It is shaping up that one of the major issues this election year is going to be free trade and the international trade deals that the U.S. has negotiated over the past quarter-century. The major agreements that come to mind, which have generated so much controversy, are the North American Free Trade Agreement (NAFTA) and the Marrakesh Agreement, which brought the World Trade Organization into existence. Looming on the horizon also is the Trans-Pacific Partnership. Free trade, of course, is a staple of classical liberal economics and has been embraced by many of today’s “conservatives,” although politicians across the spectrum have generally supported free trade deals as a way of supposedly increasing American economic prosperity. The debate rages as to whether these and various bilateral trade arrangements have been, on balance, beneficial or hurtful for the U.S. The biggest issues have been whether these deals have caused a decline in the American manufacturing sector, exported jobs, and resulted in our markets being inundated by sub-par goods.
Some say that we need “fair trade” instead of free trade, and it’s clear that free trade has become almost a dogma for some economists and policymakers. What does Catholic social teaching say about trade?
Of the social encyclicals, probably Blessed Pope Paul VI’s Populorum Progressio addressed it the most. He emphasized that the rule of free trade cannot govern international relations. To be sure, he could see its advantages. If economic power were equal, it would be “an incentive to progress and a reward for effort” (#58). It’s the same as competition and the market domestically: while competition is valuable it must “be kept within limits which make it just and moral, and therefore human” (#61). Prices supposedly set freely by the market—and he puts “freely” in quotes to underscore that market forces frequently don’t work in practice the way economic theory says—“can produce unfair results” (#58). These unfair results can have sad human consequences. As with the domestic economy, just because the parties have agreed to something, it doesn’t mean that it will be just. Pope Paul here was thinking of such things as unequal bargaining power and general conditions of sharp economic or wealth disparity among nations. This conjures up the notion of “liberty of contract” on the individual level. This governed American economic thinking and resulting constitutional jurisprudence in the period, roughly, from 1870 to 1937, and stymied many attempts to enact needed labor legislation. Somehow it was believed that the worker who had to accept a subsistence-level wage and pathetic working conditions—with no chance of employment otherwise—was acting “freely” in agreeing to an implicit contract an employer offered him. The law couldn’t “interfere” with his “choice,” despite the fact that the worker had no bargaining power at all. In other words, Pope Paul and all of the Church’s social teaching was saying that morality in economic matters, as in other realms of life, must not be fashioned by man—what is just and moral is not a mere human concoction. He also said that the consequence both domestically and internationally of making competition the sole ordering principle is that it “too often creates an economic dictatorship” (#59).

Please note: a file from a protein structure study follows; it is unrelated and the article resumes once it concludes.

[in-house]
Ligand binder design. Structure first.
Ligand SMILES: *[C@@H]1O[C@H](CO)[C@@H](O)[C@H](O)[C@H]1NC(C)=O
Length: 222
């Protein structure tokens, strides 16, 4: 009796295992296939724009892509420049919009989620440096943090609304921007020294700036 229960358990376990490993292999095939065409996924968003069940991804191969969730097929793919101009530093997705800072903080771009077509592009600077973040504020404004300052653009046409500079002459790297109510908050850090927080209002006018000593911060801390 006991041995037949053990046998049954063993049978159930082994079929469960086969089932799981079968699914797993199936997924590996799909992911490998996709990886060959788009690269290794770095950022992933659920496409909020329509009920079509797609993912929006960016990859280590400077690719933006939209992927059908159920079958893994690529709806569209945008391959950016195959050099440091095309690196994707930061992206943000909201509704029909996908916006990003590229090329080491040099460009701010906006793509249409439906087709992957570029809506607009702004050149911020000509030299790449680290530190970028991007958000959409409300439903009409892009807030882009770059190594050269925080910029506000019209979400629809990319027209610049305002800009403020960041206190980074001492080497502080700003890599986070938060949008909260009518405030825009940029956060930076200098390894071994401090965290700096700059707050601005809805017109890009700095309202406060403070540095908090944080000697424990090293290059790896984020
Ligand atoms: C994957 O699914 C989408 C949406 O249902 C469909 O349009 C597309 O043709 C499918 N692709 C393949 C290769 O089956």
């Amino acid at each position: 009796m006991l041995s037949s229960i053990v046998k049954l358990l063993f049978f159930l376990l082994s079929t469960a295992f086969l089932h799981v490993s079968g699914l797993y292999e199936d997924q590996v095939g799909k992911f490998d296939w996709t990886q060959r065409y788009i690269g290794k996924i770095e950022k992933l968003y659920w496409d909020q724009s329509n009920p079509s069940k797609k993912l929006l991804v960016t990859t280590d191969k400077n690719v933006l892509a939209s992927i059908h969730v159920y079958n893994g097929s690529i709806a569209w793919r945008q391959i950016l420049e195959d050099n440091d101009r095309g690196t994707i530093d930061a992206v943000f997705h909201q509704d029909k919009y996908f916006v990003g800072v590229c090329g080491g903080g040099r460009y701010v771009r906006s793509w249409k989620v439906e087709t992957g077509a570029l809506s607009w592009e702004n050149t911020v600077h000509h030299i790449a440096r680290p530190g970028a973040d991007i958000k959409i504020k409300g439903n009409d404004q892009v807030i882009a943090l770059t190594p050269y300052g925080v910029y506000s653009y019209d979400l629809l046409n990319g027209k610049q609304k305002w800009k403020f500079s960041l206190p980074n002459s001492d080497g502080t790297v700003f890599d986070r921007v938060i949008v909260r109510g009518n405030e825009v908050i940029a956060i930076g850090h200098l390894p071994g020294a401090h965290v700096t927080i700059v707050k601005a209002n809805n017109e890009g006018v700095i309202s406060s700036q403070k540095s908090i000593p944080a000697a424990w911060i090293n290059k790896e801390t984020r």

In the early twentieth century the economist Fr. Heinrich Pesch, S.J. developed solidarism or the solidaristic system of human work, a blueprint for an economic system built squarely on Catholic principles and the natural law. His writing influenced the shaping of the Church’s social teaching and it has been said that Pope Pius XI’s great encyclical, Quadragesimo Anno, promulgated five years after Pesch’s death, distinctly bore its imprint. Decades later, Pesch’s thought appeared to have influenced the Solidarity trade union movement in Poland that laid the groundwork for the collapse of eastern European communism. Pesch rejected a regimen of completely free trade, for the same reason that is echoed in Populorum Progressio: the problem of commutative justice—that some countries would not gain the same advantage from it as others. Indeed, some would be positively hurt, as when cheap foreign products flooded their markets and overwhelmed their domestic producers. This is part of the current problem in the U.S.: it’s more beneficial for companies’ bottom lines to import goods—and, increasingly, use services—produced by cheap labor overseas than to keep Americans employed.